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Donnerstag, 4. August 2016 - 08:00 Uhr

Raumfahrt - US startup Moon Express hat Genehmigung für 2017 Mondmission

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The federal government will permit a US startup to send a robotic spacecraft to the moon next year, paving the way for the company to be the first non-government organization to land on the moon.

Moon Express announced on Wednesday morning that it had been granted approval for its planned 2017 lunar mission. Previously, commercial companies have traveled only within Earth’s orbit.

“With this landmark ruling, Moon Express has become the first private company approved to literally go out of this world as a pioneer of commercial space missions beyond Earth orbit,” the commercial space company said in a statement on its website.

The US, the Soviet Union and China are the only entities to have successfully landed on the moon. The outer space treaty, which regulates government exploration of the celestial world, was adopted by the United Nations and went into effect in 1967. The treaty requires “non-governmental entities” to receive “authorization and continuing supervision by the appropriate State Party to the Treaty”.

Moon Express submitted its request in April to the Federal Aviation Administration, which made a favorable determination on 20 July, according to an FAA fact sheet. The Florida-based company was founded in 2010 to develop the moon’s resources.

The company is one of 16 teams aiming to be the first commercial entity to land on the moon and to net the $20m that comes with the feat, courtesy of Google. In 2007, Google launched its “lunar X Prize” promising $20m to the first company to land a privately funded rover on the moon. Three of the 16 teams still in the running are based in the US, although Moon Express is the only one so far to receive approval.

In a statement, the FAA said it would “continue to work with the commercial space industry to provide support for non-traditional missions on a case-by-case basis”.

Quelle: theguardian

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CSF Congratulates Moon Express on License Announcement

Washington, D.C. – The Commercial Spaceflight Federation (CSF) congratulates Moon Express, Inc., on its U.S. government authorization for a planned robotic mission to the Moon in 2017. This is the first time that a private enterprise has been licensed by the U.S. Government to venture to the lunar surface.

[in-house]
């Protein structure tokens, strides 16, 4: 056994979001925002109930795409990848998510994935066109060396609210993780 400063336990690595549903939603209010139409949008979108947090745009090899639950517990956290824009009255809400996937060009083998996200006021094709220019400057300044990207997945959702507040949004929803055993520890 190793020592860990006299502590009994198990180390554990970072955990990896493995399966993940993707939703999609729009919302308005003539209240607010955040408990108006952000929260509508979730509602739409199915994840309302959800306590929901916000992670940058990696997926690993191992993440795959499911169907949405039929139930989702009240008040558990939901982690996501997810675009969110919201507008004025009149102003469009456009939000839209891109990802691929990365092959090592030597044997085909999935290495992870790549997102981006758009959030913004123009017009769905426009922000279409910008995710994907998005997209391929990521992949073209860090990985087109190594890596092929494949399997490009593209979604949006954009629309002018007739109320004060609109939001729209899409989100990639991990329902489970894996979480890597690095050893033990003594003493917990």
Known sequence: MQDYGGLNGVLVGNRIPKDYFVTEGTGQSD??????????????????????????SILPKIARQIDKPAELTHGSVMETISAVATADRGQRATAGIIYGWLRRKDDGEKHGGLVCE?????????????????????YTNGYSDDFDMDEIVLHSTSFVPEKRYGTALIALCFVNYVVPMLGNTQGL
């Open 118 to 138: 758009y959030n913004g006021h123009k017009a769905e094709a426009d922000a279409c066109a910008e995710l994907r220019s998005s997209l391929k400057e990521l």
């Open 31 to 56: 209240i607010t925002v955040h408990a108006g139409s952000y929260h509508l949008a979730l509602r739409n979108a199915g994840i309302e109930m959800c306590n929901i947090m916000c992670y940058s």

Moon Express first filed the application with the Federal Aviation Administration (FAA) on April 8, 2016. The company then consulted extensively with the FAA, White House, State Department, NASA and other federal agencies before being granted the landmark license. The formal approval sets a precedent for the private sector to engage in peaceful space exploration in accordance with U.S. national obligations of the 1967 Outer Space Treaty.

Empowered by this government authorization, Moon Express will now be able to continue to make progress towards its ambitious goal of unlocking the resources of the Moon. As Moon Express CEO Bob Richards notes, “We are now free to set sail as explorers to Earth’s eighth continent, the Moon, seeking new knowledge and resources to expand Earth’s economic sphere for the benefit of all humanity.”

CSF President Eric Stallmer agrees. “We applaud the government for its decision on this critical  mission that will make possible humanity’s development of space resources. I am thrilled for CSF member, Moon Express, and anxiously await for this unprecedented milestone in space exploration.” 
Moon Express is a privately funded space company co-founded in 2010 by space visionary Dr. Bob Richards, billionaire entrepreneur Naveen Jain, and technology guru Dr. Barney Pell. The organization aims to explore and develop lunar resources for the benefit of humanity. It partnered with NASA in 2014 under the Lunar CATALYST program. In October 2015, Moon Express announced a launch contract with Rocket Lab USA for 3 launches to the Moon beginning in 2017. In 2016, Moon Express announced an agreement with the US Air Force to utilize Cape Canaveral Launch Complexes 17 and 18 for the development of its spacecraft.

Quelle: CSF


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